“Stress has far-reaching effects on our long-term health. It is linked to heart disease, cancer, diabetes, high cholesterol and blood pressure, anxiety, depression, memory loss, insomnia, muscle tension, obesity, fatigue, sexual dysfunction and many other problems.” A smart stress-busting strategy can involve yoga, meditation or even long walks on the beach. “The proper foods can also promote good energy and balance in your body,” says Torkos. “Most whole grains and vegetables are rich in B vitamins and magnesium, which are known for their anti-stress properties and to support the nervous system.” Supplements can also help take the edge off stress:
• Try L-theanine. “Research shows that the active component found in the leaves of green tea, the amino acid L-theanine, induces relaxation and improves mental focus without drowsiness. The pure form of L-theanine, called Suntheanine, is a popular addition to supplements, beverages and foods. It helps to get you in that zen state.”
Don’t be a welcome mat for germs
As you get older, your immune function declines. “This makes you more at risk for colds and flu. You will also be more susceptible to serious, life-threatening complications such as pneumonia. Torkos’ favorite immune-boosting strategies include:
• Limit your sugar. “Eating or drinking 8 tbsp. of sugar, the equivalent of about two cans of soda, can significantly reduce the ability of white blood cells to kill germs.
• Maintain a normal weight. “Obesity can affect the body’s ability of white blood cells to multiply, produce antibodies and rush to the site of an infection.”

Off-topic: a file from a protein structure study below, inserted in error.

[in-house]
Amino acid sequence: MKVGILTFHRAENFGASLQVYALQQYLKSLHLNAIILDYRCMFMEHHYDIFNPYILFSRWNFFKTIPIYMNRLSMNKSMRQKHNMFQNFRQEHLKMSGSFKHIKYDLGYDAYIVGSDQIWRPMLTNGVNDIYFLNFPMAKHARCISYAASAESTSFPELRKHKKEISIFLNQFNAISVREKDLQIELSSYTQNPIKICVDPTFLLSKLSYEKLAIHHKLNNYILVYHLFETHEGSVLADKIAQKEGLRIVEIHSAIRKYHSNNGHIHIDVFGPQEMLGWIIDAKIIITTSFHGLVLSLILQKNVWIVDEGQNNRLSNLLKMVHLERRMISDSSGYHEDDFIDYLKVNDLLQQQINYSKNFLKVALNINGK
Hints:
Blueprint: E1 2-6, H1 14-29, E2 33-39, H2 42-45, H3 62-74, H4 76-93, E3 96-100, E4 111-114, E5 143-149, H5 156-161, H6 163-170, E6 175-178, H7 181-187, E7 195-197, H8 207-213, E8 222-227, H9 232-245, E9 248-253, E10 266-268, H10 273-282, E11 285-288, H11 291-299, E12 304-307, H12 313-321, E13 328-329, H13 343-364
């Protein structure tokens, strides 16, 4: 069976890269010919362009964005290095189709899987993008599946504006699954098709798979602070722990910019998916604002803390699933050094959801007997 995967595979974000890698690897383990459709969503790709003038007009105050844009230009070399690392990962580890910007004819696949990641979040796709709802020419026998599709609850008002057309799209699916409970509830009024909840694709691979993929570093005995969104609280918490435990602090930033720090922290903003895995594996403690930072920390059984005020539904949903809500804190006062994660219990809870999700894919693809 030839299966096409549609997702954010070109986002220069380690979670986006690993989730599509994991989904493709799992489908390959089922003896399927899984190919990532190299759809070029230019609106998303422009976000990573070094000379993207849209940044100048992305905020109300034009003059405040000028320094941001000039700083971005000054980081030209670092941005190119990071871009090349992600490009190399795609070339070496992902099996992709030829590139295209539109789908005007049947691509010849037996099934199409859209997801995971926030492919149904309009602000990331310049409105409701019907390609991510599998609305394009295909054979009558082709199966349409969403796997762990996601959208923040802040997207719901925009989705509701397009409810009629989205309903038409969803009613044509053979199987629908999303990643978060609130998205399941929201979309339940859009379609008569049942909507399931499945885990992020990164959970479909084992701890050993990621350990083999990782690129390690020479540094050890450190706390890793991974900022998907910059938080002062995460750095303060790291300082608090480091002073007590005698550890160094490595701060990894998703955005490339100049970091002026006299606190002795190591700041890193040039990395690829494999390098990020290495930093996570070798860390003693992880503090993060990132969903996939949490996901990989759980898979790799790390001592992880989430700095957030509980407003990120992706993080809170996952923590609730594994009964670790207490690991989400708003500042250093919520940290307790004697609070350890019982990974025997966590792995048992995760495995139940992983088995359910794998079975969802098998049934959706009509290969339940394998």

• Choose smart supplements. Vitamins C and D support immune system health. Also consider taking a supplement that contains Wellmune, a clinically-researched brand of gluco polysaccharide that has been shown to naturally prime the body’s neutrophils, which are the soldiers of the immune system that work to identify and destroy foreign invaders. You may also find this ingredient in juice and soup.”
Torkos adds, “Your health is like a retirement fund. The sooner you begin making deposits, the quicker the benefits begin to build. And so, it also stands to reason, the more substantial the contributions, the more substantial or “healthier” the result.
Sherry Torkos, BSc, Phm
Sherry Torkos is a pharmacist, author, certified fitness instructor and health enthusiast who enjoys sharing her passion with others. Sherry graduated with honors from the Philadelphia College of Pharmacy and Science in 1992. Since that time she has been practicing holistic pharmacy in the Niagara region of Ontario. Her philosophy of practice is to integrate conventional and complementary therapies to optimize health and prevent disease. Sherry has won several national pharmacy awards for providing excellence in patient care.
As a leading health expert, she has delivered hundreds of lectures to medical professionals and the public. Sherry is frequently interviewed on radio and TV talk shows throughout North America and abroad on health matters.
Sherry has authored 17 books and booklets, including Saving Women’s Hearts, The Canadian Encyclopedia of Natural Medicine, and The Glycemic Index Made Simple.